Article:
The Beetle is without doubt one of the easiest of all cars to maintain properly. The fact that the engine is air cooled means that there are no problems with sticking thermostats, leaky radiators and hoses, cylinder heads cracking when coolant freezes or worn water pump impellers. The mechanical components are simple, sturdy and long-lived; the ancillaries are often user-repairable or alternatively new or exchange reconditioned replacements can be obtained easily. Access to most of the components for servicing is better than on many cars, and in extreme cases when serious mechanical repair is found necessary, it is easier to get the engine and gearbox out of a Beetle than almost any other car.
Maintenance comprises a number of procedures which should be carried out at fixed intervals which are determined by either the number of miles travelled since the last service or the amount of time which has lapsed since then. Most maintenance procedures are concerned with preventative measures to prolong the life of the car and its components; some are concerned with making adjustments to maintain good fuel economy, smooth running and so on; many are checks to ensure that certain components (particularly the brakes, fuel and electrical systems) are functioning perfectly for safety reasons.
The price of ignoring proper service routines is that the car can become less safe to drive due to decreased braking efficiency, insulation breakdown on electrical wires or fuel leaks. A neglected car will also almost certainly show increased fuel consumption, and so skimping on maintenance does not save money! Furthermore, failure to check oil levels and to change the oil and clean the strainer, to check the ignition timing and carburation will shorten the useful working life of the engine. The engine oil is particularly important; with the air-cooled boxermotor, the oil plays a large part in cooling the engine and, if the oil level is allowed to drop then not only will lubrication suffer, but the resultant problems will be exacerbated byoverheating. Nearly all mechanical components will suffer increased wear and reduced life if maintenance is skimped.The majority of Beetles in existence are now old cars, and so there can be no hard and fast service intervals (recent imports excepted), because too much will depend on the age and condition of the individual car and the way and the conditions in which it is driven. A car which lives in dusty, very hot or very wet conditions or a car which is driven hard will require more attention on a much more frequent basis than a car which is kept in a garage and driven carefully. The service intervals given in this chapter are a general recommendation which should be taken as a minimum requirement for a car which is driven hard or in adverse conditions, and as having a margin of safety for cars which are driven gently.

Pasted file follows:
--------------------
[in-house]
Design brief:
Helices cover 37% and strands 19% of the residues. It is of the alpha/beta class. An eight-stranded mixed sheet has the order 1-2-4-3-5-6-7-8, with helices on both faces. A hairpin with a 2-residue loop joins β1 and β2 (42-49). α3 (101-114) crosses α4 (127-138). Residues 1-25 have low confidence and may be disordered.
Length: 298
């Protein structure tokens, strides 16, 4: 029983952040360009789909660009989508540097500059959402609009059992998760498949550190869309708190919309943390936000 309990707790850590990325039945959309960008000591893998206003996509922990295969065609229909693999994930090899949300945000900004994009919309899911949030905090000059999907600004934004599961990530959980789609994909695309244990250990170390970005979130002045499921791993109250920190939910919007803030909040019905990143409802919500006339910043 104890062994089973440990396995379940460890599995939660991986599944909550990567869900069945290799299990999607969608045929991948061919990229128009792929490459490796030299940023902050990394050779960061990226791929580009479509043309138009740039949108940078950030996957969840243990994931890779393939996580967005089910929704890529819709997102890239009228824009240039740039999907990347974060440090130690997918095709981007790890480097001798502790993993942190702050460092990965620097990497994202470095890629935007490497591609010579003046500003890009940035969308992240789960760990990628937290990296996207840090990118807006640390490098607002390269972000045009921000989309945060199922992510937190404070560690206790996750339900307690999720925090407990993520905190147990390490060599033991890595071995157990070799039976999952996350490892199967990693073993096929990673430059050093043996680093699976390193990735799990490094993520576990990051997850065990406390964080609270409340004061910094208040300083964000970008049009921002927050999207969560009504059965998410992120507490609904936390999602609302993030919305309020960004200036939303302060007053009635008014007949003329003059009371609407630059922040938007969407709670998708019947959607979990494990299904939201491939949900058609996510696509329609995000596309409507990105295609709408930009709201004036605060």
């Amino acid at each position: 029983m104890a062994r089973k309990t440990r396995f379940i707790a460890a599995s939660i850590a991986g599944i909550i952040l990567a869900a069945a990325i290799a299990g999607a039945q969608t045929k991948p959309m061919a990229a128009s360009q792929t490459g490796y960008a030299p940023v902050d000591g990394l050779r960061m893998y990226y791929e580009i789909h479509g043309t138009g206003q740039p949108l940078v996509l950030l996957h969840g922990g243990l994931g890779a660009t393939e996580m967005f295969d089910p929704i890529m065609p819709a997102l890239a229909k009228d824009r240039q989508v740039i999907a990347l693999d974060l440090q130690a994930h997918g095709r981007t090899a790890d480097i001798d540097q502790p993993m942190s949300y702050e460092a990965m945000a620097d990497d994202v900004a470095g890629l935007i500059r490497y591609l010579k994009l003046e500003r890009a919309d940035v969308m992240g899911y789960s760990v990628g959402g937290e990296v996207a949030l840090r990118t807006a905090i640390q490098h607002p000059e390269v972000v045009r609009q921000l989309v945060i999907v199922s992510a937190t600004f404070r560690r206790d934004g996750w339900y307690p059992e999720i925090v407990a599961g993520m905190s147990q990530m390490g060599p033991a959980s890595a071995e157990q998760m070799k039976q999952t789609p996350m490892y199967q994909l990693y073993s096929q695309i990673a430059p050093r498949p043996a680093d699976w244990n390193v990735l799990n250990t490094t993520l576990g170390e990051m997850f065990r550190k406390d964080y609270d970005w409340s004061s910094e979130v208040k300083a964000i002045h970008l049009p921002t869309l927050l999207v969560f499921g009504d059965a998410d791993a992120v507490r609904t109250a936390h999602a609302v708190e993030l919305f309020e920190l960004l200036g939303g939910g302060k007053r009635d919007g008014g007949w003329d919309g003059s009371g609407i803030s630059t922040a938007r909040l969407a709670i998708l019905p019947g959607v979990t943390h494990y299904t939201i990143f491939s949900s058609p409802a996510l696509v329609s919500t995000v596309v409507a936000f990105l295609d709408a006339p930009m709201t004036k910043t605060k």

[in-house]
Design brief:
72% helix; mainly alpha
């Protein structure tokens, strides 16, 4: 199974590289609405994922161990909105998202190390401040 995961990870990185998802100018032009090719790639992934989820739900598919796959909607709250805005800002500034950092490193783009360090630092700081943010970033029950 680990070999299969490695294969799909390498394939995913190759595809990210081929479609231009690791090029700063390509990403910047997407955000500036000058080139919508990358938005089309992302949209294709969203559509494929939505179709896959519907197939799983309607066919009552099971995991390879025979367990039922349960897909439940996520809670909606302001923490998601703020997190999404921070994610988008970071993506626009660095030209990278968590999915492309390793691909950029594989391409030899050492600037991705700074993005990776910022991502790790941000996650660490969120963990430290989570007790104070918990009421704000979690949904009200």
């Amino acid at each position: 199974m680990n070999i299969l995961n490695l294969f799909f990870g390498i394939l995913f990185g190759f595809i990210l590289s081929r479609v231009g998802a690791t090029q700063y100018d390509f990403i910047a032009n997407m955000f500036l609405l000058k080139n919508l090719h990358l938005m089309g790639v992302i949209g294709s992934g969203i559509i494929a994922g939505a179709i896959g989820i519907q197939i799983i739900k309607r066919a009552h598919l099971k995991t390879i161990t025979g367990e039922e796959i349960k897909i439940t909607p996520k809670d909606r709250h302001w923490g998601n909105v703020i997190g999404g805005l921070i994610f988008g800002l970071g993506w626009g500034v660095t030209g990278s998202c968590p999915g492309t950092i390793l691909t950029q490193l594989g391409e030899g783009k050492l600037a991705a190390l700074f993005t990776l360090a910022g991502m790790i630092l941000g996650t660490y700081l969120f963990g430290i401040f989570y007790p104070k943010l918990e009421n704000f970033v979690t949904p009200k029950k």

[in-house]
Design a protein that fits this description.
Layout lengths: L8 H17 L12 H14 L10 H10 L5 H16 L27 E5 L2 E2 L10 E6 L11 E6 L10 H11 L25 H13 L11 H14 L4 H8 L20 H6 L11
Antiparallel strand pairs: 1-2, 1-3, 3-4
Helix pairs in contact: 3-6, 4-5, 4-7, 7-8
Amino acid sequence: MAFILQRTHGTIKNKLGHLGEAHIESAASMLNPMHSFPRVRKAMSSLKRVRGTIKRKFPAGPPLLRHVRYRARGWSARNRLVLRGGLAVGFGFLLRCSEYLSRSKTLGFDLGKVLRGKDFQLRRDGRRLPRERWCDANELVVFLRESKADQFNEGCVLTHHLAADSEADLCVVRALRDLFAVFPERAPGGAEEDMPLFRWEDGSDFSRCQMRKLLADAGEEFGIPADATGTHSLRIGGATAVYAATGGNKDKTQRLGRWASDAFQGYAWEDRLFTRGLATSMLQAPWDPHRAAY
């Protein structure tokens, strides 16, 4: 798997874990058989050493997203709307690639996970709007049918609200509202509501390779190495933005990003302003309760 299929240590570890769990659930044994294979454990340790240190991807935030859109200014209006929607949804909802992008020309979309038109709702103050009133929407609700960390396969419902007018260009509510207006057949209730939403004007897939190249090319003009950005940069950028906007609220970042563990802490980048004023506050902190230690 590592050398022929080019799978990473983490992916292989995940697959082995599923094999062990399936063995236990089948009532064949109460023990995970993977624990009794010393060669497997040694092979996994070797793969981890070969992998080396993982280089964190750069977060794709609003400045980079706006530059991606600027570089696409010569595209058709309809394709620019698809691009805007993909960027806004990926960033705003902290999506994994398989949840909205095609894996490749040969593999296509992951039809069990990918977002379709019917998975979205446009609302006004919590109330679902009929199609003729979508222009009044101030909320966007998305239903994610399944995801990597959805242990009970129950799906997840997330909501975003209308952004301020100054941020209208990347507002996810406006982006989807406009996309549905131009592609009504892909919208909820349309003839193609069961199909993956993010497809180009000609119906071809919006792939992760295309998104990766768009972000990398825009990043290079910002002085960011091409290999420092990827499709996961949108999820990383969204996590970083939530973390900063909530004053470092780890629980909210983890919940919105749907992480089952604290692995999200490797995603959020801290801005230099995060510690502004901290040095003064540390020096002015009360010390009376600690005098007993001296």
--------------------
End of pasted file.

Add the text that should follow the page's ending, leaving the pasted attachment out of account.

The most frequent recommended service routines are concerned mainly with checking the efficiency of components, that everything (especially the electrics) works, and maintaining lubricant and hydraulic fluid levels. These routines are intended to give a framework which will ensure that potential problems are spotted at the earliest opportunity. A small problem, left unattended, can often quickly develop into a large and expensive to rectify problem. The most obvious illustration of this is when the oil level is allowed to fall to the point at which the engine overheats and eventually the big ends start knocking. Do not worry if you do not understand the terminology at this stage, for all will be made clear later in the book. Suffice to say for now that for the sake of topping up the oil, the engine has to be removed from the car and stripped down for an expensive rebuild.
For weekly service checks, little specialised equipment is needed unless the checks reveal problems which have to be attended to. With each service interval, the list of necessary equipment grows a little. However, all of the tools and equipment necessary to carry out all servicing on a Beetle can be bought at a fraction of the cost of a 'full' service from many franchised garages, so the expenditure is easily justified.